[R] Cream Text Editor

Jakson Alves de Aquino jaksonaquino at gmail.com
Sun May 24 02:16:39 CEST 2009

As pointed by JiHO the biggest disadvantage of using the plugin is that
R is running through a pipe and consequently it is less interactive.
Just a note: there is no need of <Esc> before <F9>. Almost all key
bindings work in insert, normal and visual modes.

The last version of the plugin allows the user to set the terminal
emulator in the vimrc and now all key bindings are customizable. The
details are in the plugin's documentation.

Please write, to me if you find bugs in the plugin.


JiHO wrote:
> On 2009-May-23  , at 17:40 , Paul Heinrich Dietrich wrote:
>> I'm interested in easing my way into learning VIM by first using the
>> Cream
>> text editor, liking the idea that it will work on both my Linux and
>> Windows
>> computers.  I've installed Cream on my Linux machine, but can't figure
>> out
>> how to make Cream talk to R?  Does anybody know?  I'm using Ubuntu if it
>> makes a difference.  Thanks.
> You should install the R Vim Plugin and its dependencies:
>     http://www.vim.org/scripts/script.php?script_id=2628
> This creates commands and icons dedicated to the interaction between Vim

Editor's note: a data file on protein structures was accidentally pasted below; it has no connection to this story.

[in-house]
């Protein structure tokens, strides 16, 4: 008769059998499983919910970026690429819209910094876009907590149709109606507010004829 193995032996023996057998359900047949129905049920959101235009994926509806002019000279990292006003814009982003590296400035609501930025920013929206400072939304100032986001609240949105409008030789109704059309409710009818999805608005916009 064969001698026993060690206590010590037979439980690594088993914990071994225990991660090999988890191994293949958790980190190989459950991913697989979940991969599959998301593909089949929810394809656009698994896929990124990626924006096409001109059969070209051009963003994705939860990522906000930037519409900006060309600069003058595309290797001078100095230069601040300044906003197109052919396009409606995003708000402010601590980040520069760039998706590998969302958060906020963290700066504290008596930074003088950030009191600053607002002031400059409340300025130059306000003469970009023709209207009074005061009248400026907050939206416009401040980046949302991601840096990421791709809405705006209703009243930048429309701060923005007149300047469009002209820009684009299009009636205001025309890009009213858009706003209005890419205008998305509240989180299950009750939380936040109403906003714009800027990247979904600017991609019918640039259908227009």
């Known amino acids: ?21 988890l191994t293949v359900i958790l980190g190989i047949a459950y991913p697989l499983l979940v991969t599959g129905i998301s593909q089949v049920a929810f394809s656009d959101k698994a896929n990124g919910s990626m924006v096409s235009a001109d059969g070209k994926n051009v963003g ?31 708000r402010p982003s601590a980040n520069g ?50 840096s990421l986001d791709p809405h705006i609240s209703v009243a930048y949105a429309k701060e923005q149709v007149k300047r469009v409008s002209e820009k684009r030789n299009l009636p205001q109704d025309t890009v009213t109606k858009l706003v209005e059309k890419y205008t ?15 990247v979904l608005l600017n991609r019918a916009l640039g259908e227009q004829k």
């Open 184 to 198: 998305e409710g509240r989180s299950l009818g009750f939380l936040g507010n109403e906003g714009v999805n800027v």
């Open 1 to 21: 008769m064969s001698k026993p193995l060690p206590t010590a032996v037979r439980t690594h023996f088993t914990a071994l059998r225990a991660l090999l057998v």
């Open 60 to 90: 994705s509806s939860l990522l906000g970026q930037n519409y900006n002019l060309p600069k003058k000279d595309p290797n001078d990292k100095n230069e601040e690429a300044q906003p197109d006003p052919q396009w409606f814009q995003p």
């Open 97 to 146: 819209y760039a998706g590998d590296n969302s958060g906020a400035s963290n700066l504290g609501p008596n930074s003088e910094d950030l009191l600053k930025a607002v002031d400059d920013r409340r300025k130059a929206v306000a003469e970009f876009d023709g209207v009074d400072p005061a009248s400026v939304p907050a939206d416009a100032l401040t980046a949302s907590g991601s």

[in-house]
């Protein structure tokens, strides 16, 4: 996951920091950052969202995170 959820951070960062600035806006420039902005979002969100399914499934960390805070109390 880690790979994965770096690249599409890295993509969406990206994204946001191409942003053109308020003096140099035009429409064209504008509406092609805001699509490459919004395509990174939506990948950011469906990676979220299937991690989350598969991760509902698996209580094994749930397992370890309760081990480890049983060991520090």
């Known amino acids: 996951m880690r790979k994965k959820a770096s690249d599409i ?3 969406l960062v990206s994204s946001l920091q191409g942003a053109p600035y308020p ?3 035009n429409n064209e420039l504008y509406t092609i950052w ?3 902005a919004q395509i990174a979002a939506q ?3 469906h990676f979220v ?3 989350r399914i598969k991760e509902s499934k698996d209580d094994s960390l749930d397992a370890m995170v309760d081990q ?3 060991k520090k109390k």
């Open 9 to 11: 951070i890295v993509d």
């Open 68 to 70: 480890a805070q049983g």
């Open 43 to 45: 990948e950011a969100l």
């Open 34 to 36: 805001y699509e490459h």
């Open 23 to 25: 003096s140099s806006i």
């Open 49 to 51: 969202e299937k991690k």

> and R.
> Then switch cream Settings > Preferences > Expert Mode.
> This will allow you to work in Cream and have all the simple keyboard
> shortcuts (Control-C, Control-V etc.) but still be able to switch
> between modes as in vim. By default you are in insert mode. You need to
> switch to normal mode (by pressing ESC) to be able to use the commands
> of the R-Vim plugin.
> The workflow is therefore:
> - open a R file
> - edit stuff
> - press ESC (to switch to non-edit mode)
> - start R in a terminal (click the icon or press F2)
> - send lines/selection (F9) or document (F5)
> - press ESC (to switch back to insert mode)
> - edit 2 lines
> - ESC
> - F9
> - F9
> - ESC
> - edit again
> etc...
> The terminal opened this way does not work completely as a regular one
> and there are some caveats when reading help and using general command
> line editing shortcuts (Ctrl-R for backward search for example). I
> haven't found a way around them so I usually open a second terminal to
> read the help in, or set R to display the help as HTML files in a
> browser window.
> I must say that those caveats can be quite serious and I often find
> myself just using copy-paste from gedit in a terminal:
> - set your desktop to "focus follow mouse"
> - select text in your editor
> - move the mouse to the terminal
> - click middle mouse button
> - move the mouse back to the editor
> etc...
> More cumbersome but reliable.
> Final note: since you are on ubuntu, you may want to change the terminal
> from the default X-term to gnome-terminal. You have to edit the file
> .vim/ftplugin/r.vim. There is a line commented with the gnome-terminal
> command instead of xterm. Uncomment this one and comment the xterm one.
> JiHO
> ---
> http://jo.irisson.free.fr/

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